The PIA also gives the public notice of this analysis and helps promote trust between the public and the Department by increasing transparency of the Department’s systems and missions."

The DEA has been using license plate reader technology, aka automated license plate readers (ALPR), since at least 2008. Per documents released to the ACLU in response to a FOIA request (see https://www.aclu.org/files/assets/33780-33791%202014.03.31%20response.pdf#page=8): "In December 2008, DEA launched the National License Plate Reader (LPR) Initiative. The National LPR Initiative is a complex camera system [...] and strategic investigative tool that monitors and targets roadway conveyances commonly used to transport bulk cash and other contraband."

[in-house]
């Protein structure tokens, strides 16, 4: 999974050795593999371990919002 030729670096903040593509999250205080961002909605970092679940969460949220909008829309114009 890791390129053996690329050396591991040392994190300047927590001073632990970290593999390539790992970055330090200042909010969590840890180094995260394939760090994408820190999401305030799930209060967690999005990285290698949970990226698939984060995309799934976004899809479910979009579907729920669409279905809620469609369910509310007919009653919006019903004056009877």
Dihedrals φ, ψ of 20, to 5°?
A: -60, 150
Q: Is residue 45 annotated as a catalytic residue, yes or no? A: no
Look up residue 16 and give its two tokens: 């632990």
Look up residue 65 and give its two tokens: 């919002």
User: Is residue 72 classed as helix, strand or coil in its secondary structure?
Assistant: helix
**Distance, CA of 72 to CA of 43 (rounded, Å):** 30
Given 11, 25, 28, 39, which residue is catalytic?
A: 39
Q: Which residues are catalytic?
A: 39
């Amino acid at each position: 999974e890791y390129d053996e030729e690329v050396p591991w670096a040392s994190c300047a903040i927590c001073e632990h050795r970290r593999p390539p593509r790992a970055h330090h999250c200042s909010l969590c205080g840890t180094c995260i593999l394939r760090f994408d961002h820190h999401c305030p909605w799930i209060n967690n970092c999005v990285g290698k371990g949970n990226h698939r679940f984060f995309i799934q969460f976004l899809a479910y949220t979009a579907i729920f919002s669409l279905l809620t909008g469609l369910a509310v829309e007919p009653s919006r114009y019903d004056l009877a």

As such, per Justice Department regulations the DEA must have completed a PIA pertaining to license plate readers before 2008. Any such completed PIAs are covered under this request. A completed document does not fall under the b(5) exemption, as it is no longer "deliberative" once completed. Furthermore, a PIA does not qualify as an inter- or intra-agency communication. The b(5) exemption seems not to apply, and the DEA has supplied no further information to justify its invocation for the present FOIA request.

The b(7)(E) exemption likewise is inappropriate as applied here. This exemption covers "would disclose techniques and procedures for law enforcement investigations or prosecutions, or would disclose guidelines for law enforcement investigations or prosecutions if such disclosure could reasonably be expected to risk circumvention of the law."